Here is my wish for the New Year 2012 a few months early:
Wall Street creates a transparent Brain Trust to solve socio-economic problems and make nonpartisan recommendations to the government. In other words, top minds in finance analyze the economic system from a “how to help society” platform. You may call it wishing on a star, but at the Bloomberg 50 Summit in midtown Manhattan this week, it seemed almost possible. More concrete workable solutions emanated from 45 minute panel discussions with financial industry giants at St. Bart’s Church on Park Avenue than in the past two years of official political debate.
In his opening remarks Daniel Doctoroff, CEO of Bloomberg LP, expressed that in 27 years in business, he has never seen such a complex confluence of social, economic, and political challenges as currently faced in the U.S. In a panel discussing “Bernanke’s Balancing Act,” the consensus was clear: Federal Reserve Chairman Bernanke must act forcefully and decisively in the absence of effective leadership in Congress or the Administration. The familiar issues were the choice between stimulus and austerity. John Taylor, CEO and Chairman of FX Concepts, pointed out that, “You can’t create growth if you create austerity.”
Don Brownstein, CEO of Structured Portfolio Management, emphasized the question is less of what to do from an economic perspective than “What should we do from a moral perspective?” Brownstein’s call for a moral agenda set the tone for the day. None of the usual partisan doublespeak was present; in its place were refreshingly productive discussions on real solutions for real people. These were hedge fund, portfolio and private equity managers speaking from the same sense of economic urgency the rest of us feel. We need to plug the holes in the system and fast was the repeated call for action.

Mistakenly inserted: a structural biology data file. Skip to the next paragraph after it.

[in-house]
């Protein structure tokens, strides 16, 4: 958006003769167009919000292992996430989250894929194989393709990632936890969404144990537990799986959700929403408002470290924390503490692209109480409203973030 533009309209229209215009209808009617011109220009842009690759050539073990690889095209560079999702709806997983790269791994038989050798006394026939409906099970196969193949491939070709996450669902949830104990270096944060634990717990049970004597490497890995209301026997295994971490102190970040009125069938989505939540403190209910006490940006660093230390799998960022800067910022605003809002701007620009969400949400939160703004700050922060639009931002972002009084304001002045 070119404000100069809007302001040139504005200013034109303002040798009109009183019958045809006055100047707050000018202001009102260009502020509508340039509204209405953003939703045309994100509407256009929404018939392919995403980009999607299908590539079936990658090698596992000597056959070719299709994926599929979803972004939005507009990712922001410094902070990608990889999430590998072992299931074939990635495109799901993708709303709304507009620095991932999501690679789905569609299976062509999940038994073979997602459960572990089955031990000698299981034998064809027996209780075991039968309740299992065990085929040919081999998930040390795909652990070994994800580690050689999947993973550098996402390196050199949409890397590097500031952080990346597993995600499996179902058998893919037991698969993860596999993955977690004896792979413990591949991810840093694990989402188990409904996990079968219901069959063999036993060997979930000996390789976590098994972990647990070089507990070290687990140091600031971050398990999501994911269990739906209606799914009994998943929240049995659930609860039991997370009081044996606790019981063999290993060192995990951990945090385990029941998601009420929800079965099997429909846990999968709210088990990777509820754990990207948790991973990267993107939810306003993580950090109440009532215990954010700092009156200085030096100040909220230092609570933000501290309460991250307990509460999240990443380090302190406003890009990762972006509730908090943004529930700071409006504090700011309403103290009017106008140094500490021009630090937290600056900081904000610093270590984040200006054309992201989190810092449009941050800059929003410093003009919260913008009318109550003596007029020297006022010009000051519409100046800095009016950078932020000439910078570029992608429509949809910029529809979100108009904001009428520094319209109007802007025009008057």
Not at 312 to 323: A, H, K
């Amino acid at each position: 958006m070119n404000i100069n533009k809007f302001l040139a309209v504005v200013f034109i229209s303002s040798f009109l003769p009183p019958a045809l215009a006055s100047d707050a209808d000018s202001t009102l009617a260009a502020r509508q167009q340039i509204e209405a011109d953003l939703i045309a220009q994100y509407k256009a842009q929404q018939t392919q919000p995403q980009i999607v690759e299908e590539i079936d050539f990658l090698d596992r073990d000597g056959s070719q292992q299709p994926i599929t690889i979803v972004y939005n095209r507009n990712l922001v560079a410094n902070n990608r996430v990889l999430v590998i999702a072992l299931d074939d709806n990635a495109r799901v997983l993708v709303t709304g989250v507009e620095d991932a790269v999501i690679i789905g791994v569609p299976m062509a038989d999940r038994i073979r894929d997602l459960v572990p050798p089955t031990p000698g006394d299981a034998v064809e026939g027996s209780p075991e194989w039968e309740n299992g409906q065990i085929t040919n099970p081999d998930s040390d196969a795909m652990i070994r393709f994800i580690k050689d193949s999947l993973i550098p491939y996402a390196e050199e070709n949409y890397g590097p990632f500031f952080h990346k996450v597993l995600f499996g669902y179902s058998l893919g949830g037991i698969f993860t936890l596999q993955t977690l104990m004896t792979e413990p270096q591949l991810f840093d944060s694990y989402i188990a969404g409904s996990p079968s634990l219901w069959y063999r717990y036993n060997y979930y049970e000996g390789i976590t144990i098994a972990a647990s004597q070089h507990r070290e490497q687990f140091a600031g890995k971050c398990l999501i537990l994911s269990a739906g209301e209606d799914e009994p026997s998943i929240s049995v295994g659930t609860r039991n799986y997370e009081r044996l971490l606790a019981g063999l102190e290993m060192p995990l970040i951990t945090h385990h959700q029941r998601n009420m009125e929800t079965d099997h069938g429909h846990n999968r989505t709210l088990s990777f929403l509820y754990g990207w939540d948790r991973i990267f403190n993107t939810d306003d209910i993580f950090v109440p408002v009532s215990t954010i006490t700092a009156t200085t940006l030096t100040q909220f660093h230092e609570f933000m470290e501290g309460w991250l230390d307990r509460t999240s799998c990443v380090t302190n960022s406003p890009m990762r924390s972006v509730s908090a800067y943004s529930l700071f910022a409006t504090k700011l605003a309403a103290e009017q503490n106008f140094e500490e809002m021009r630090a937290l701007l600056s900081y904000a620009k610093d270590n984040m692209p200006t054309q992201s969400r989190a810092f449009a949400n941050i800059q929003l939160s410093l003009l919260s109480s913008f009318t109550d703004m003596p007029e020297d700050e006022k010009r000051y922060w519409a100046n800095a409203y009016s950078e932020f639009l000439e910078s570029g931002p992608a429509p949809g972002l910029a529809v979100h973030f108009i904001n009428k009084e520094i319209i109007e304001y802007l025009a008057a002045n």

Brownstein detailed the primary issue was that banks are not lending to business at the lower levels. The portfolio manager emphasized the problems that regional banks were experiencing: the mandate from government to lend and the regulatory paralysis that restricted them from doing so. He claimed the large global banks that supply the life blood of capital and credit for big business and Fortune 1000 companies are backstopped with low cost Federal Reserve credit and easier regulatory environment for corporate bond issues. The regional banks live in fear of being taken over by the FDIC. “The fundamental policy on the ground is not the same as the top,” Brownstein stated.
Bloomberg moderator, Kathleen Hays said the federal government trickle down policies didn’t work. Lowering interest rates didn’t help the capital get to the people who really needed it. Bruce Kasman, Chief Economist for JPMorgan, claimed it was left to the Federal Reserve to enact bold fiscal policy to get the engine moving and reduce the unemployment rate. “The Fed is not impotent,” he stated. “If we look to Washington, it’s a dangerous game…Washington is not functioning in a way to have confidence.”